The Blog Single


    When I mention points or miles to illustrate how I can travel further and for longer -and for less and less, I am met with the backlash.

    People comment on social media posts or write me emails saying that points and miles are money, come at an expense, aren’t simple to obtain, and only work within the United States, and that miles and points are BS.

    “Matt…not everybody has points or miles. You know I’m a travel writer…and yet I’ve never signed up for frequent flyer programs. I do not have issues or miles to redeem. Likewise, some people haven’t saved enough points to fly without cost.

    “It seems like saying, “I could be saying that you go on a camping trip. However, it’s too simple, and we’ll talk about cruising instead. Now, earn 100,000 Airmiles to go on this two-week cruise, and you’ve received $1,000 to play with on the ship!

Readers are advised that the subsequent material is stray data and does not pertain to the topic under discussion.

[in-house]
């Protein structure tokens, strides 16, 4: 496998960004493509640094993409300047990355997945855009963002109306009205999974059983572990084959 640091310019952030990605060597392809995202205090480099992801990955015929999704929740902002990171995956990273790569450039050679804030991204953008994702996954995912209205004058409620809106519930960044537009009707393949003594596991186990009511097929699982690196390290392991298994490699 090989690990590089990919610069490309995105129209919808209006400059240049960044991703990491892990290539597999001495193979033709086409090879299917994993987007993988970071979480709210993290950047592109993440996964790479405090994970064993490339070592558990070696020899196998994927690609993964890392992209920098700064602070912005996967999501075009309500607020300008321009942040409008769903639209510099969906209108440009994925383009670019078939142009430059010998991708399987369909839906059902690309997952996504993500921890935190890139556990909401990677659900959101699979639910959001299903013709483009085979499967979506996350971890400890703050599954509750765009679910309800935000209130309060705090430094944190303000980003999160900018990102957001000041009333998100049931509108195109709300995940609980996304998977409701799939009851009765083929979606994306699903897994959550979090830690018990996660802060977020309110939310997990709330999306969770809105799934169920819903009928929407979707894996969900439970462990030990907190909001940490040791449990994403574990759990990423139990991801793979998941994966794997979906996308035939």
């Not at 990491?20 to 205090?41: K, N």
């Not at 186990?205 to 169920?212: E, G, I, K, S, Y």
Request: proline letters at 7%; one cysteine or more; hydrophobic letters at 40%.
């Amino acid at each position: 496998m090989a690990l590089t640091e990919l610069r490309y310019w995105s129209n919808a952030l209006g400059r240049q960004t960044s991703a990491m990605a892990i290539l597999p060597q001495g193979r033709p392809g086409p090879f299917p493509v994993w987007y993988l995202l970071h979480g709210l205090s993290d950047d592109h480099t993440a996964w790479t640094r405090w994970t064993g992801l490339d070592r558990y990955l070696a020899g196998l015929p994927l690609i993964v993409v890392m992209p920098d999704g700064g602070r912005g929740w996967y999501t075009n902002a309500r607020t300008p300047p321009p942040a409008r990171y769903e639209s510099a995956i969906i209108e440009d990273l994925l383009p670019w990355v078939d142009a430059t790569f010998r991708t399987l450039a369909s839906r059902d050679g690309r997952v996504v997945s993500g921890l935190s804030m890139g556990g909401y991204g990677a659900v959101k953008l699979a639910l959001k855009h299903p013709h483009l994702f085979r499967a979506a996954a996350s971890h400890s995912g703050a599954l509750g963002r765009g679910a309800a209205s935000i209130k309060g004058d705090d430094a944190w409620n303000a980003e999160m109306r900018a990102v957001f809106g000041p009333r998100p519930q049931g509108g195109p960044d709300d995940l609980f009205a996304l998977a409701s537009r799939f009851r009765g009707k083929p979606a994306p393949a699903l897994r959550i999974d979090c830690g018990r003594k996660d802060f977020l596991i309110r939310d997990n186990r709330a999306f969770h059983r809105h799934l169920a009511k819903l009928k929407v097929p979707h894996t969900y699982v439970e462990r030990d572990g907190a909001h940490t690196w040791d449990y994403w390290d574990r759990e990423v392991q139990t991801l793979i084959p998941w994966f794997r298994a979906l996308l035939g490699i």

However, I do not believe using miles or points is unjust or cheating.

    For me, miles and points are free cash. They are accessible to me. I’m not sacrificing anything for these. I see them as an added benefit for being more careful about spending.

    I’m sure many of you view mileage and points as a chance to earn a time cost. But I don’t consider them in that in that way. They’re just something I experience when I invest the money I would have otherwise spent.

    The Myth of the Scam

    A scam suggests that there’s something shady happening and that there’s some scam or a catch. A lot of people see the practice of hacking travel in this way. When presented with “free flights and hotel rooms,” they believe it’s just too fantastic to be true. The thought that someone will leap out from behind the curtain to shout “Gotcha!” while laughing madly and then stealing all their cash.

    In the simplest sense, many people believe that using points and miles aren’t effective or that they’re tough to obtain, and you’ll have to be a bit crazy to get them, or that you’ll have to shell out a lot of money to get them: